HealthDay News Hearing, vision, and dual sensory impairment are associated with cognitive impairment among older adults, according to a study published online April 29 in the Journal of Alzheimer’s Disease Reports.

Esme Fuller-Thompson, PhD, from the University of Toronto, and colleagues conducted a secondary analysis of a combination of 10 consecutive waves of the nationally representative American Community Survey for 2008 to 2017, including a sample of 5.4 million community-dwelling and institutionalized older adults aged 65 years and older. The associations between hearing impairment, vision impairment, and dual sensory impairment with cognitive impairment were examined.

The researchers found that older adults with only hearing impairment had more than double the odds of cognitive impairment after controlling for age, race, education, and income (odds ratio, 2.66), while the odds of cognitive impairment were increased more than threefold for those with only vision impairment (odds ratio, 3.63). The odds of cognitive impairment were increased more than eightfold for older adults with dual sensory impairment (odds ratio, 8.16). In each age and sex cohort, the trends were similar.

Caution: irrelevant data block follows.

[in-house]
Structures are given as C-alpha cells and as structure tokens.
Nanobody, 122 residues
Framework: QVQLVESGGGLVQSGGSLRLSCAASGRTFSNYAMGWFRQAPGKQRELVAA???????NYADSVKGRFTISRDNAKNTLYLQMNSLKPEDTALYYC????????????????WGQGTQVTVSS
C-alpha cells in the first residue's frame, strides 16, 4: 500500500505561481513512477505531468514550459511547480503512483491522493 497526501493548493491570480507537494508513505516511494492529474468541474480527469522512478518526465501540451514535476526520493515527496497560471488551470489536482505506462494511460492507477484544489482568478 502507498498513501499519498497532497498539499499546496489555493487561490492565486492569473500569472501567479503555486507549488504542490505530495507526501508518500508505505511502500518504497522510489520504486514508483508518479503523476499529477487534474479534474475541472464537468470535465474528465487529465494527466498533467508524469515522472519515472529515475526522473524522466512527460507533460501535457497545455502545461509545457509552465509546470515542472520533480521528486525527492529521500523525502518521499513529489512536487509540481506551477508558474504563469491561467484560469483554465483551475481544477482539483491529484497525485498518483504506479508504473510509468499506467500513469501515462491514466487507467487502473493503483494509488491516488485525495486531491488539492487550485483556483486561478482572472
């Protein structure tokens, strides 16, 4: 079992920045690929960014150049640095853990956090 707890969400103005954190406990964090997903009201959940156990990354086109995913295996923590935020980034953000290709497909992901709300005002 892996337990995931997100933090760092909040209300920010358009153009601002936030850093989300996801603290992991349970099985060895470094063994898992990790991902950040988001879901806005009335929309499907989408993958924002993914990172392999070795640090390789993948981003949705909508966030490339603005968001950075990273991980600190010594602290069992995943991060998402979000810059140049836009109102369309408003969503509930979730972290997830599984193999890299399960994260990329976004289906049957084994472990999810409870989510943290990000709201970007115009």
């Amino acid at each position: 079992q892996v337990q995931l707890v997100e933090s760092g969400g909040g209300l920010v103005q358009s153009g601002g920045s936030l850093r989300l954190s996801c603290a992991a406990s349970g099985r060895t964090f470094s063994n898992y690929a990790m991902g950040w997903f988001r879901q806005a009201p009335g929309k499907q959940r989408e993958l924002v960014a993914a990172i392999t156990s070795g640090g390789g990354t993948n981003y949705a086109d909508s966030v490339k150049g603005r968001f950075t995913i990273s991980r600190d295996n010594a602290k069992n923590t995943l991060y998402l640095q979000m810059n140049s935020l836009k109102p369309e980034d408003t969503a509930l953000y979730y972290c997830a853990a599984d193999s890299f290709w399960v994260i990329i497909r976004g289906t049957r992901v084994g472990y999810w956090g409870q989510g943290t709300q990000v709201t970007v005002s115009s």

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“Dual sensory impairment prevents an individual from compensating for the loss of one sense through the use of another,” a coauthor said in a statement. “Our findings emphasize the need to reach out to older adults with dual sensory impairment, to assess whether there are opportunities for early intervention.”

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